What happens in the brain of a compulsive drug user? What is the difference in brain function between an addict and a person who takes a drug in a controlled manner? In an attempt solve this puzzle, neurobiologists at the University of Geneva (UNIGE), Switzerland; have been looking at this difference in a rodent addiction model. They have discovered that the brain circuit connecting the decision-making region to the reward system is stronger in compulsive animals. The researchers also found that by decreasing the activity of this circuit, compulsive mice were able to regain control and that conversely, by stimulating the connection a mouse that initially remained in control became addicted. The work is published in this week’s edition of the journal Nature.
Addiction is an disease that develops in stages: it starts with the initial exposure to a substance followed by a phase where consumption remains controlled. Some individuals however will start using drugs compulsively in spite of the major negative effects it has on their lives (such as mounting debt, social isolation or incarceration). Clinical estimates suggest that only one person in five moves from controlled to compulsive use.
“We do not know why one person becomes addicted to drugs while another doesn’t,” begins Christian Lüscher, senior author and professor at the Departments of Basic and Clinical Neurosciences of the Faculty of Medicine. “But our study identifies the difference in brain function between the two behaviors.”
Negative effects are powerless against addiction
As a model of addiction, the researchers implanted mice with an optic fibre, which enabled the animal to stimulate its reward system located at the top of the brainstem. Pressing a small lever turned on a laser whose light activated a molecular switch previously added to nerve cells. The very same cells are activated by addictive drugs and are responsible for the behavioural reinforcement. “We then introduce a weak electric shock so that we could observe, which mice continued with the self-stimulation,” explains Vincent Pascoli, the study’s lead author and researcher in UNIGE’s Department of Basic Neurosciences. “This allowed us to identify the mice that had become compulsive.” Forty percent of the animals quickly stopped activating the lever following the introduction of the punishment. But 60% paid no heed to the negative consequences and continued to stimulate their reward system.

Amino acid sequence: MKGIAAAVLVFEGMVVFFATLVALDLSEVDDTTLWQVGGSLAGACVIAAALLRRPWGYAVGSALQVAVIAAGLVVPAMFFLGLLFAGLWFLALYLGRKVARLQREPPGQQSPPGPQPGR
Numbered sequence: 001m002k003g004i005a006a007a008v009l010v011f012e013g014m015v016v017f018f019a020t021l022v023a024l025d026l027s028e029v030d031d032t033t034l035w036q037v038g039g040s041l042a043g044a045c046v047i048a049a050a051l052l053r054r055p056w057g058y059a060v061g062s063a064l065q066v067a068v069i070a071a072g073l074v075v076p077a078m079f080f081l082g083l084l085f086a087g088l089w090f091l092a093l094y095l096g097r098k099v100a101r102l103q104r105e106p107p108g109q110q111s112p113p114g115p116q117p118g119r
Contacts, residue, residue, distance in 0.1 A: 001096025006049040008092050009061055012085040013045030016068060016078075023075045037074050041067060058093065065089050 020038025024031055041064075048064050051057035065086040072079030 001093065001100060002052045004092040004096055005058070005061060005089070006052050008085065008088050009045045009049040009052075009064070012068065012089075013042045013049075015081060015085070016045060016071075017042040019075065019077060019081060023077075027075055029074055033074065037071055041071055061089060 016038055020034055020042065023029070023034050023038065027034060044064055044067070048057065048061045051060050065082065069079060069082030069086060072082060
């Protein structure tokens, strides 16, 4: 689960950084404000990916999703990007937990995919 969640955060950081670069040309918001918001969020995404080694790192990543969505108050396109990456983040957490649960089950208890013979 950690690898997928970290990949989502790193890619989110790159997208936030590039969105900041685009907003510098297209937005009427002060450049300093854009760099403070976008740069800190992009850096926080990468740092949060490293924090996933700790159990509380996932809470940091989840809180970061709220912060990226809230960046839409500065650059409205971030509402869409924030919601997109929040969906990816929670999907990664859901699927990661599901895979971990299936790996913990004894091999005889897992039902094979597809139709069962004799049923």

“When we used an optical technique to visualize the activity in the brain of freely moving mice. This uncovered a stronger activity in a circuit of addicted mice compared to mice that did not loose control,” continues professor Lüscher. “The circuit extends from the orbito-frontal cortex to the dorsal striatum, a part of the basal ganglia of the brain” The orbito-frontal cortex, located just above the eyes, is the region responsible for decision making.
The addiction circuit can be regulated
The UNIGE neurobiologists confirmed that this circuit was responsible for the compulsive behaviour by artificially increasing its activity in a mouse that remained in control. The animal quickly developed a compulsive self-stimulation pattern. “Conversely, when we reduced the activity of the circuit in an addicted mouse, she stopped activating the lever!” confirms Pascoli.
Given that the mice studied in the experiment were all genetically identical, how come the activity in the brain circuit was not the same for all of them? “That’s the question we’ll try to answer in our future research,” says professor Lüscher. Several hypotheses have been formulated, such as epigenetic contributions based on the life experiences that make each living being unique and influence the gene and brain function. “Thanks to the present study, we now know which circuit causes the addiction. It will then be easier to find out what causes the disruption in the circuit,” says Pascoli by way of conclusion.
Materials provided by Université de Genève. Note: Content may be edited for style and length.